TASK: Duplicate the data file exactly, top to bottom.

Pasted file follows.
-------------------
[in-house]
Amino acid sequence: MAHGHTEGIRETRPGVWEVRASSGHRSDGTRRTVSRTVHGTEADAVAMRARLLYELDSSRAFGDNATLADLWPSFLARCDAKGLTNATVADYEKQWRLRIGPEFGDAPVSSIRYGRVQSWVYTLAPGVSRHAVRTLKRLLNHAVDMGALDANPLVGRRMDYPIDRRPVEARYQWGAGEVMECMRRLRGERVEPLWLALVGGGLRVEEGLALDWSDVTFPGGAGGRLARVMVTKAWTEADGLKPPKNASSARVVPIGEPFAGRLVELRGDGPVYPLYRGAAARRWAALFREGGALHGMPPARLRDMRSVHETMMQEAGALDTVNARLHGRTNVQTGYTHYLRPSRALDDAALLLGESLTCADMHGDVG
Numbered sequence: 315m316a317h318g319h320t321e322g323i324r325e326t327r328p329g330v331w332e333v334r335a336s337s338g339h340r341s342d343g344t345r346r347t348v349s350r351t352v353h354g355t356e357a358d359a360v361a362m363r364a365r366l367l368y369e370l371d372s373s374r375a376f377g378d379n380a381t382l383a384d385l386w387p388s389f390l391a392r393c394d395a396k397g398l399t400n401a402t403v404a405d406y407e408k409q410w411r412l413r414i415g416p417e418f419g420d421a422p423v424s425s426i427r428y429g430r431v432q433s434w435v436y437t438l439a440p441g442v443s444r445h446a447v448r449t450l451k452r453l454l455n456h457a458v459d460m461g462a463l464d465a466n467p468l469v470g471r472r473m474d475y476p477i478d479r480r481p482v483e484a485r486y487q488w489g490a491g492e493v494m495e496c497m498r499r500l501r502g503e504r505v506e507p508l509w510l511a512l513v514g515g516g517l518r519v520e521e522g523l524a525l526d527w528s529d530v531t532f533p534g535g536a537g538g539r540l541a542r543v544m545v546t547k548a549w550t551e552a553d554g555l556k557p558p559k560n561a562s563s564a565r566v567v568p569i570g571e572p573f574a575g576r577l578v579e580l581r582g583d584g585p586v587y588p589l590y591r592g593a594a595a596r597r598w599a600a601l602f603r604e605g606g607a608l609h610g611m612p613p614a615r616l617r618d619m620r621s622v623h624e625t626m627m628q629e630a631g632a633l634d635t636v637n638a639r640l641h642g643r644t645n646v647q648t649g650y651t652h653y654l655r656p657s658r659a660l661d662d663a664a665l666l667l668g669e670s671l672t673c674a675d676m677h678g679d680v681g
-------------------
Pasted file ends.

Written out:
[in-house]
Amino acid sequence: MAHGHTEGIRETRPGVWEVRASSGHRSDGTRRTVSRTVHGTEADAVAMRARLLYELDSSRAFGDNATLADLWPSFLARCDAKGLTNATVADYEKQWRLRIGPEFGDAPVSSIRYGRVQSWVYTLAPGVSRHAVRTLKRLLNHAVDMGALDANPLVGRRMDYPIDRRPVEARYQWGAGEVMECMRRLRGERVEPLWLALVGGGLRVEEGLALDWSDVTFPGGAGGRLARVMVTKAWTEADGLKPPKNASSARVVPIGEPFAGRLVELRGDGPVYPLYRGAAARRWAALFREGGALHGMPPARLRDMRSVHETMMQEAGALDTVNARLHGRTNVQTGYTHYLRPSRALDDAALLLGESLTCADMHGDVG
Numbered sequence: 315m316a317h318g319h320t321e322g323i324r325e326t327r328p329g330v331w332e333v334r335a336s337s338g339h340r341s342d343g344t345r346r347t348v349s350r351t352v353h354g355t356e357a358d359a360v361a362m363r364a365r366l367l368y369e370l371d372s373s374r375a376f377g378d379n380a381t382l383a384d385l386w387p388s389f390l391a392r393c394d395a396k397g398l399t400n401a402t403v404a405d406y407e408k409q410w411r412l413r414i415g416p417e418f419g420d421a422p423v424s425s426i427r428y429g430r431v432q433s434w435v436y437t438l439a440p441g442v443s444r445h446a447v448r449t450l451k452r453l454l455n456h457a458v459d460m461g462a463l464d465a466n467p468l469v470g471r472r473m474d475y476p477i478d479r480r481p482v483e484a485r486y487q488w489g490a491g492e493v494m495e496c497m498r499r500l501r502g503e504r505v506e507p508l509w510l511a512l513v514g515g516g517l518r519v520e521e522g523l524a525l526d527w528s529d530v531t532f533p534g535g536a537g538g539r540l541a542r543v544m545v546t547k548a549w550t551e552a553d554g555l556k557p558p559k560n561a562s563s564a565r566v567v568p569i570g571e572p573f574a575g576r577l578v579e580l581r582g583d584g585p586v587y588p589l590y591r592g593a594a595a596r597r598w599a600a601l602f603r604e605g606g607a608l609h610g611m612p613p614a615r616l617r618d619m620r621s622v623h624e625t626m627m628q629e630a631g632a633l634d635t636v637n638a639r640l641h642g643r644t645n646v647q648t649g650y651t652h653y654l655r656p657s658r659a660l661d662d663a664a665l666l667l668g669e670s671l672t673c674a675d676m677h678g679d680v681g